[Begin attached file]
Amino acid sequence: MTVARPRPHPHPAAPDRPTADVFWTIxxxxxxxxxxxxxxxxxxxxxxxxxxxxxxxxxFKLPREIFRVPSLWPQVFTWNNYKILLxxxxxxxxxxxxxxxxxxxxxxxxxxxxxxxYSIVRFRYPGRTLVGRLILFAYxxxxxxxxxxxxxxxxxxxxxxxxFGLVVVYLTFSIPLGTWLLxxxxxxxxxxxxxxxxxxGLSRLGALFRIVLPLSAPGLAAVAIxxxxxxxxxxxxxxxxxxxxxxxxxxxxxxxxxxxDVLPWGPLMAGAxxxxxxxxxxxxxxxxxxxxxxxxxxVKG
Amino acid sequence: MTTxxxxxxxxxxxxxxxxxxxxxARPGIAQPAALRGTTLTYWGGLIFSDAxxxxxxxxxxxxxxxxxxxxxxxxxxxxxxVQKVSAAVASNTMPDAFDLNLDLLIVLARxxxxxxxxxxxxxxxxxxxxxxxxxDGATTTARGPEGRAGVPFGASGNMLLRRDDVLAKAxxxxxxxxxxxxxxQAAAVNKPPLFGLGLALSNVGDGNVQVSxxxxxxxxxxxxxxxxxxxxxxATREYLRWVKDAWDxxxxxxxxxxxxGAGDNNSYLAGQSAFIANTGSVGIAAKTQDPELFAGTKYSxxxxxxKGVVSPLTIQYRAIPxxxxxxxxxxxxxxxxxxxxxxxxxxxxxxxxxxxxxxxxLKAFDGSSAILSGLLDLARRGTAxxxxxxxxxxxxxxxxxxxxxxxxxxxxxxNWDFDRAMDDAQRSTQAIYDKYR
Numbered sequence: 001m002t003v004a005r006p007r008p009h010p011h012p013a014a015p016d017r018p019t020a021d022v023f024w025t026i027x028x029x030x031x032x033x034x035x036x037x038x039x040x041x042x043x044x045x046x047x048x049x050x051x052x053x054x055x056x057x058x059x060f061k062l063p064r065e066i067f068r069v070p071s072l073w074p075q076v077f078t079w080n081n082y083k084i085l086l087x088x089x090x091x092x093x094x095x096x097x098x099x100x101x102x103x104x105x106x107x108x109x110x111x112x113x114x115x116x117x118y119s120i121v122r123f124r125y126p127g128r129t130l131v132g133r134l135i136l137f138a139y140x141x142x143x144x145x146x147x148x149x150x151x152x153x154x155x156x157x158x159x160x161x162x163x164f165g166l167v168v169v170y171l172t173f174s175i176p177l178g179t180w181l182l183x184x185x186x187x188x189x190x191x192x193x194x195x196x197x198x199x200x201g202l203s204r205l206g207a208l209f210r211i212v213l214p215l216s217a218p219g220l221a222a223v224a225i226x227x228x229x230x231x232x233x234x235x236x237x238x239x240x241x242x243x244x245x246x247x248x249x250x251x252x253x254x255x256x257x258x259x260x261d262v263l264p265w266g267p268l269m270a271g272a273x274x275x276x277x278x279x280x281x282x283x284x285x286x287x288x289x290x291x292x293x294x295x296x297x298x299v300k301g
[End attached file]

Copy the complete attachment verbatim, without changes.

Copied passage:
Amino acid sequence: MTVARPRPHPHPAAPDRPTADVFWTIxxxxxxxxxxxxxxxxxxxxxxxxxxxxxxxxxFKLPREIFRVPSLWPQVFTWNNYKILLxxxxxxxxxxxxxxxxxxxxxxxxxxxxxxxYSIVRFRYPGRTLVGRLILFAYxxxxxxxxxxxxxxxxxxxxxxxxFGLVVVYLTFSIPLGTWLLxxxxxxxxxxxxxxxxxxGLSRLGALFRIVLPLSAPGLAAVAIxxxxxxxxxxxxxxxxxxxxxxxxxxxxxxxxxxxDVLPWGPLMAGAxxxxxxxxxxxxxxxxxxxxxxxxxxVKG
Amino acid sequence: MTTxxxxxxxxxxxxxxxxxxxxxARPGIAQPAALRGTTLTYWGGLIFSDAxxxxxxxxxxxxxxxxxxxxxxxxxxxxxxVQKVSAAVASNTMPDAFDLNLDLLIVLARxxxxxxxxxxxxxxxxxxxxxxxxxDGATTTARGPEGRAGVPFGASGNMLLRRDDVLAKAxxxxxxxxxxxxxxQAAAVNKPPLFGLGLALSNVGDGNVQVSxxxxxxxxxxxxxxxxxxxxxxATREYLRWVKDAWDxxxxxxxxxxxxGAGDNNSYLAGQSAFIANTGSVGIAAKTQDPELFAGTKYSxxxxxxKGVVSPLTIQYRAIPxxxxxxxxxxxxxxxxxxxxxxxxxxxxxxxxxxxxxxxxLKAFDGSSAILSGLLDLARRGTAxxxxxxxxxxxxxxxxxxxxxxxxxxxxxxNWDFDRAMDDAQRSTQAIYDKYR
Numbered sequence: 001m002t003v004a005r006p007r008p009h010p011h012p013a014a015p016d017r018p019t020a021d022v023f024w025t026i027x028x029x030x031x032x033x034x035x036x037x038x039x040x041x042x043x044x045x046x047x048x049x050x051x052x053x054x055x056x057x058x059x060f061k062l063p064r065e066i067f068r069v070p071s072l073w074p075q076v077f078t079w080n081n082y083k084i085l086l087x088x089x090x091x092x093x094x095x096x097x098x099x100x101x102x103x104x105x106x107x108x109x110x111x112x113x114x115x116x117x118y119s120i121v122r123f124r125y126p127g128r129t130l131v132g133r134l135i136l137f138a139y140x141x142x143x144x145x146x147x148x149x150x151x152x153x154x155x156x157x158x159x160x161x162x163x164f165g166l167v168v169v170y171l172t173f174s175i176p177l178g179t180w181l182l183x184x185x186x187x188x189x190x191x192x193x194x195x196x197x198x199x200x201g202l203s204r205l206g207a208l209f210r211i212v213l214p215l216s217a218p219g220l221a222a223v224a225i226x227x228x229x230x231x232x233x234x235x236x237x238x239x240x241x242x243x244x245x246x247x248x249x250x251x252x253x254x255x256x257x258x259x260x261d262v263l264p265w266g267p268l269m270a271g272a273x274x275x276x277x278x279x280x281x282x283x284x285x286x287x288x289x290x291x292x293x294x295x296x297x298x299v300k301g